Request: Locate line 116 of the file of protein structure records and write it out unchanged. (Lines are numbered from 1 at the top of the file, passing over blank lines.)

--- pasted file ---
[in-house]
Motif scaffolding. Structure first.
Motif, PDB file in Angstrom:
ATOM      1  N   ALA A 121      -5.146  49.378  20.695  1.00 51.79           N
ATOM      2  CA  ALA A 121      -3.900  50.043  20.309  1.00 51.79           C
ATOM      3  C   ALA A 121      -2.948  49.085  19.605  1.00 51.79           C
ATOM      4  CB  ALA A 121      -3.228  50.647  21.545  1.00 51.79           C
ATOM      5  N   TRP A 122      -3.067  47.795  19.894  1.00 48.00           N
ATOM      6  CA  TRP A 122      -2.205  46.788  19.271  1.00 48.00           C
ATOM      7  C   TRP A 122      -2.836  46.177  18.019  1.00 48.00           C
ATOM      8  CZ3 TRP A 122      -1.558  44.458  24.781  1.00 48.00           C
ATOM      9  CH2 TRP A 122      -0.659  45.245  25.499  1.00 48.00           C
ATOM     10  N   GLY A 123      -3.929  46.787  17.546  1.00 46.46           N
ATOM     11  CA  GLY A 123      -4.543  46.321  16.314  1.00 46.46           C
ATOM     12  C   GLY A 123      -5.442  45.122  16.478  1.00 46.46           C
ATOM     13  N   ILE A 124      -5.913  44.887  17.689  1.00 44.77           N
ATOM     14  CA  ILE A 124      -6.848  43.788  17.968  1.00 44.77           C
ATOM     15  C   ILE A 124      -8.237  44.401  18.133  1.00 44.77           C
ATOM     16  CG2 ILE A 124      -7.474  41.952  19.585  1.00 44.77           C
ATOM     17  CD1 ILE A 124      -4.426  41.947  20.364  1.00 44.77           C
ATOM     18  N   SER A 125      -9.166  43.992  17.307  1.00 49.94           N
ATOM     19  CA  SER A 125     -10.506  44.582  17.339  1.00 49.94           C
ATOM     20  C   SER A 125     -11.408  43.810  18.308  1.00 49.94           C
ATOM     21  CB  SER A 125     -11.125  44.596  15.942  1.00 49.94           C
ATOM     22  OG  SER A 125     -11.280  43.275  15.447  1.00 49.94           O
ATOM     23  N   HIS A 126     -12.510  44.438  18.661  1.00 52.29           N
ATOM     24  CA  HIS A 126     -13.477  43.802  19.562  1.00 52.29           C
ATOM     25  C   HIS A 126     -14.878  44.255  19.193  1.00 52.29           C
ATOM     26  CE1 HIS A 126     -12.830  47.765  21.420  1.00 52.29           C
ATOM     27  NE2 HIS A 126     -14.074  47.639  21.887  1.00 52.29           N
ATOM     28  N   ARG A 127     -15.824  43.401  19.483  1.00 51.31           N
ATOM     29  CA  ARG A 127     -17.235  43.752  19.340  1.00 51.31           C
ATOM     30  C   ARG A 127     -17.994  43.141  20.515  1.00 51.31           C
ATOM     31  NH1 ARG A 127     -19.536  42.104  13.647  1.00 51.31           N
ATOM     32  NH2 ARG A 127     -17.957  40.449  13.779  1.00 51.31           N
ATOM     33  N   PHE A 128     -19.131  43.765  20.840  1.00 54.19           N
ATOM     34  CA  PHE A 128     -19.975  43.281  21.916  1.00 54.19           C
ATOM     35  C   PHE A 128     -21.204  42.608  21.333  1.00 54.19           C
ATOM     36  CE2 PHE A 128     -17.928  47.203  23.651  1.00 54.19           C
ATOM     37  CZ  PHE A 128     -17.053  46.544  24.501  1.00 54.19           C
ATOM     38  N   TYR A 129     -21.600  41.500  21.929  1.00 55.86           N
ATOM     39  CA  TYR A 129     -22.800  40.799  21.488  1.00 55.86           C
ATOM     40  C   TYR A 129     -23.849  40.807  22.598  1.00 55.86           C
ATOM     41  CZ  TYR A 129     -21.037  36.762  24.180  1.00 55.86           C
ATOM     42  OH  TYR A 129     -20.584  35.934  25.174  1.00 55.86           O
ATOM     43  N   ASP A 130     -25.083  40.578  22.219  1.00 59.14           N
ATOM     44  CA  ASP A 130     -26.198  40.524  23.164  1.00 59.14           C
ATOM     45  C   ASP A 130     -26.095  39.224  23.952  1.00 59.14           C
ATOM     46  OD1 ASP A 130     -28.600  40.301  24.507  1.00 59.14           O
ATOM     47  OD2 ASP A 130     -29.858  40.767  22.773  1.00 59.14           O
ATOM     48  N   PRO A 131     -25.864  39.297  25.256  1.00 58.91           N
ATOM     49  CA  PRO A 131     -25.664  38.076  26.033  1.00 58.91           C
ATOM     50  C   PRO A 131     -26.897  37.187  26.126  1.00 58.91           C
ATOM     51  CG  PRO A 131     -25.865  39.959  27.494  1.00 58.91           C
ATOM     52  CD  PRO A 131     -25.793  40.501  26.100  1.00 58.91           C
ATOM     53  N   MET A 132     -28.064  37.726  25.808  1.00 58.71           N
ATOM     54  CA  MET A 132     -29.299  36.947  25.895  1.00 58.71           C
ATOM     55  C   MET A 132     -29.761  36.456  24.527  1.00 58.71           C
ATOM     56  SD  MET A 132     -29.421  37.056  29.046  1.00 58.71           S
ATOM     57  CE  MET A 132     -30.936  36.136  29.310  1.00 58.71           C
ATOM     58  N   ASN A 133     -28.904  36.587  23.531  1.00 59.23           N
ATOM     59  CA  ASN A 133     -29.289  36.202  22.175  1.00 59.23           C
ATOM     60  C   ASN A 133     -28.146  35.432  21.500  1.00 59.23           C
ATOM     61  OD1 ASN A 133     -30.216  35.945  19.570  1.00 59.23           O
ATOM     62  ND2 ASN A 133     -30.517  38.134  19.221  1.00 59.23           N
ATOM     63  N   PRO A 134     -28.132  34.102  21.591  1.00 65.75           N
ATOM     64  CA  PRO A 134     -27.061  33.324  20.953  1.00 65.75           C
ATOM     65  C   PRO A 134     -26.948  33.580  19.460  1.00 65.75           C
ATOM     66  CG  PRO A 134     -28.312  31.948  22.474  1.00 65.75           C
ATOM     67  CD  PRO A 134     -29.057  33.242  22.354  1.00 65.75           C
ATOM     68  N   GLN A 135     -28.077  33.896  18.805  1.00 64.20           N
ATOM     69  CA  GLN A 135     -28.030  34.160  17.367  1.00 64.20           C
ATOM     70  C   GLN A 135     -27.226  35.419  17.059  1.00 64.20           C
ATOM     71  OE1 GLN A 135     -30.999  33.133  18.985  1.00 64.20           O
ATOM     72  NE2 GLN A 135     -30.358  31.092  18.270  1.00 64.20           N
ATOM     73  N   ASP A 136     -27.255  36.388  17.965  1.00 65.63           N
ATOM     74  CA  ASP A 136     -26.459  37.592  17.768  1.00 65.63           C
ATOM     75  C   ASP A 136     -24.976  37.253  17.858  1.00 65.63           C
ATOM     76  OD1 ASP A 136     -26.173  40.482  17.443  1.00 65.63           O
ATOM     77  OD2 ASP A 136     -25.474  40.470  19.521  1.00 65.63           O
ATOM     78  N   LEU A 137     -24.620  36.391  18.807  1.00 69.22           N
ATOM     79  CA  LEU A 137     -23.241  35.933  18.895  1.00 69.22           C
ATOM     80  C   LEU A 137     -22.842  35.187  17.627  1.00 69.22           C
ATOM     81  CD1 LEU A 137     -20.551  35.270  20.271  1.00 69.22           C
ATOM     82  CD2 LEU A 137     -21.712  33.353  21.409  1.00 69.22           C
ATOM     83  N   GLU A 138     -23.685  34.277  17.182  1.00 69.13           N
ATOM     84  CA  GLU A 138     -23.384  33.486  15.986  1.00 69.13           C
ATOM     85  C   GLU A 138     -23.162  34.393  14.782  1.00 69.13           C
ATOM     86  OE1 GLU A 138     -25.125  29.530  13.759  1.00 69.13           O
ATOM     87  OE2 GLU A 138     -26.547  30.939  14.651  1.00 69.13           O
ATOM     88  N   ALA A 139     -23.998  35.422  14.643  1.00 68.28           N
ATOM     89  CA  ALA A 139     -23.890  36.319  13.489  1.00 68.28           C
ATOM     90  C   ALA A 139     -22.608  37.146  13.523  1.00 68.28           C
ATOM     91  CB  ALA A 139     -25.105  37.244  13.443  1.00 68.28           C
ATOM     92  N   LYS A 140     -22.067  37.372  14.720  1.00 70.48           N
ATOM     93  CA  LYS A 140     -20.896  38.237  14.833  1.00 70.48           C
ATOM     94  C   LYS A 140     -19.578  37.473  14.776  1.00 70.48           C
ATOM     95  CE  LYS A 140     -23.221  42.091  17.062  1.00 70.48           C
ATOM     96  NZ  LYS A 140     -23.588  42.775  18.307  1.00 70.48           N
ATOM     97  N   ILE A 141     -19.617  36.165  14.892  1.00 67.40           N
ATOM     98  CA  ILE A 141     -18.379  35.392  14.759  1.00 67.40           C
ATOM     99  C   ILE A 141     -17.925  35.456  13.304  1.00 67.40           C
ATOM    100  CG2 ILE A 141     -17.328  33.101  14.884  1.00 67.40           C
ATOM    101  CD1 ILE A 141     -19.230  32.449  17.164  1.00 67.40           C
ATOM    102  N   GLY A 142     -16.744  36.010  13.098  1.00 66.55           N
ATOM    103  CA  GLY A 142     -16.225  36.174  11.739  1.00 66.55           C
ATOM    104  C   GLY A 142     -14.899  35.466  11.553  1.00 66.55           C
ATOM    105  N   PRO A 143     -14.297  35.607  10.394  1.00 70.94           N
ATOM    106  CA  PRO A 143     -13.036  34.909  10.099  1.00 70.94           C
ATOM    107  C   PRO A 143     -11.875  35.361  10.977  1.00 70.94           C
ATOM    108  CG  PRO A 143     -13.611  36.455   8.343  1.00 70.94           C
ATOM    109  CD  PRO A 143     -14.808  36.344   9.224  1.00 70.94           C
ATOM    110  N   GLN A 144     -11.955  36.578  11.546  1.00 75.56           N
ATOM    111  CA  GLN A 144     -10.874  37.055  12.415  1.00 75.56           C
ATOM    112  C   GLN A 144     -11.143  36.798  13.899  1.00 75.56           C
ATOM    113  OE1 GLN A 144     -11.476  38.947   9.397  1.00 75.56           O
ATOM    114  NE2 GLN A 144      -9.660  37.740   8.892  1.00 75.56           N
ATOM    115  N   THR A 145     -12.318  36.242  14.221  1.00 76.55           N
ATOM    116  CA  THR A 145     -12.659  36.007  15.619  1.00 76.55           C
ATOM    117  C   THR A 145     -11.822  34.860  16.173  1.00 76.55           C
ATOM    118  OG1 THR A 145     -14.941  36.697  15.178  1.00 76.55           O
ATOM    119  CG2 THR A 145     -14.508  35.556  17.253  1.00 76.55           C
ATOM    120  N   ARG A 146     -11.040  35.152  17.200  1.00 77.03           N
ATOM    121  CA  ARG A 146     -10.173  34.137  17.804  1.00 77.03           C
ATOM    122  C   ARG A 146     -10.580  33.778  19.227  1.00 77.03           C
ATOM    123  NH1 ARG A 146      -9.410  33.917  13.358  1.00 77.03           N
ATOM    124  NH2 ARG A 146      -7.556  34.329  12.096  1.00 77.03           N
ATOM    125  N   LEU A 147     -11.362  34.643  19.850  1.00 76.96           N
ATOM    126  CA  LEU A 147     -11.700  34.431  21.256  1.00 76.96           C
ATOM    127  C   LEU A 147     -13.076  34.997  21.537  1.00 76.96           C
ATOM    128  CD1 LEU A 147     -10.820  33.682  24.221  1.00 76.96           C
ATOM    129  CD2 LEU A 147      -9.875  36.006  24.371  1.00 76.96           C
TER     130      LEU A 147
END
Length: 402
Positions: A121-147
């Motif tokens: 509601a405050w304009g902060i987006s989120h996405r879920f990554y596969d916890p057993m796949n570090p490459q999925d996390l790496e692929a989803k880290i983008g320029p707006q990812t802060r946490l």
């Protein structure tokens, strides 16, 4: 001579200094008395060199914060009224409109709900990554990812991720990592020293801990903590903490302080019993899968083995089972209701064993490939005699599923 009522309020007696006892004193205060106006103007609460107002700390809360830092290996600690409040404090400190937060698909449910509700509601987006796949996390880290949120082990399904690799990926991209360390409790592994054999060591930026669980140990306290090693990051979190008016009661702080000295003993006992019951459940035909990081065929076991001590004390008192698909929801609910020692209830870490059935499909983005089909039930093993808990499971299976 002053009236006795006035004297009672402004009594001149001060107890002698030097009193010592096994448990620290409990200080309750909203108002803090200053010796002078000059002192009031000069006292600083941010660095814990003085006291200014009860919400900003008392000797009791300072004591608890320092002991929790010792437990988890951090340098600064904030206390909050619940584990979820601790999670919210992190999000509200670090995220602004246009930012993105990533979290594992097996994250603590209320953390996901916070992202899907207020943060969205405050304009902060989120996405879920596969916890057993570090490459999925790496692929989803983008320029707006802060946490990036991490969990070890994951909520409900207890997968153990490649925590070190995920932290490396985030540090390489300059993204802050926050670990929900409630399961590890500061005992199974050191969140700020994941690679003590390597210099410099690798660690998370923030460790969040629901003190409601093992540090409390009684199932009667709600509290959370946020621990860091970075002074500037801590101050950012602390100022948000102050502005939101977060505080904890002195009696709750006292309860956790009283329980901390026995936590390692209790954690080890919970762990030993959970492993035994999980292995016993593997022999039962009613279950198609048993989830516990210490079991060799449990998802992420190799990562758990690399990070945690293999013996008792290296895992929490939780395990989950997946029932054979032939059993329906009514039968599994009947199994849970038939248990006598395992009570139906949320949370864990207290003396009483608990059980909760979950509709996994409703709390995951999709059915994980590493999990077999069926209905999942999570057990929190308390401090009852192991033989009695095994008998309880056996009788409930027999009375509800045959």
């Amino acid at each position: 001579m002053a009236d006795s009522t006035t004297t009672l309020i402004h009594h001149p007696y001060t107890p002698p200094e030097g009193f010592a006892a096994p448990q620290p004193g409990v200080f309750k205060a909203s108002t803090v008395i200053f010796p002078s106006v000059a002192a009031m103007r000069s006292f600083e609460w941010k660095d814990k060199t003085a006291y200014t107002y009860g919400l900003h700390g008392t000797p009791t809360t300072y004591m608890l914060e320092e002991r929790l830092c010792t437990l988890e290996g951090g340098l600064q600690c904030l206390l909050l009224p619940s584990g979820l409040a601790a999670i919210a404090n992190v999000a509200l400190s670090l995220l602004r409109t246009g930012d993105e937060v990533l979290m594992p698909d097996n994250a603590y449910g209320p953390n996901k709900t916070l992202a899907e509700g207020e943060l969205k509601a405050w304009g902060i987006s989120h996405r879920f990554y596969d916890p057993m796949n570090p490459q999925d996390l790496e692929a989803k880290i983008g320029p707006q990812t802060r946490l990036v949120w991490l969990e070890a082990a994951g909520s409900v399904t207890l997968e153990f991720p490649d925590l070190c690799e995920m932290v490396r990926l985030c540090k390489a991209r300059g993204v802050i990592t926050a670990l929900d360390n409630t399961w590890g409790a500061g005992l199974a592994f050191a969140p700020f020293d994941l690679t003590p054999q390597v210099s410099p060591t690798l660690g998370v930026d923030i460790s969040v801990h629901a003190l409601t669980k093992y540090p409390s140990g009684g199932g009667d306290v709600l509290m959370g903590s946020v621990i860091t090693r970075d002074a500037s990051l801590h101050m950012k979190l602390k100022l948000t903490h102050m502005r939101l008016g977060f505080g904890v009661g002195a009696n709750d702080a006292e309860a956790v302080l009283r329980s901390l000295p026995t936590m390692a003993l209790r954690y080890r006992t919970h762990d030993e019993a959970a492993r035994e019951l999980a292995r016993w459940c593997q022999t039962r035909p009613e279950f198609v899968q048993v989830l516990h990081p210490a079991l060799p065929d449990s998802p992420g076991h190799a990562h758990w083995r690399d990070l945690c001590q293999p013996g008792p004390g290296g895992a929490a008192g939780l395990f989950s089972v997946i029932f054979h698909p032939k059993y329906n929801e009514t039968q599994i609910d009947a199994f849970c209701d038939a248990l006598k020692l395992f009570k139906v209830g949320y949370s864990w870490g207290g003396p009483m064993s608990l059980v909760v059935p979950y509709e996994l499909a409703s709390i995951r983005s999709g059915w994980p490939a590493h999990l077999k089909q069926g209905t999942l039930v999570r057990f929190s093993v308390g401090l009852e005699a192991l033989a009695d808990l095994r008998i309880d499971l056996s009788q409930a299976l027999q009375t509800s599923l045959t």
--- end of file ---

ATOM    113  OE1 GLN A 144     -11.476  38.947   9.397  1.00 75.56           O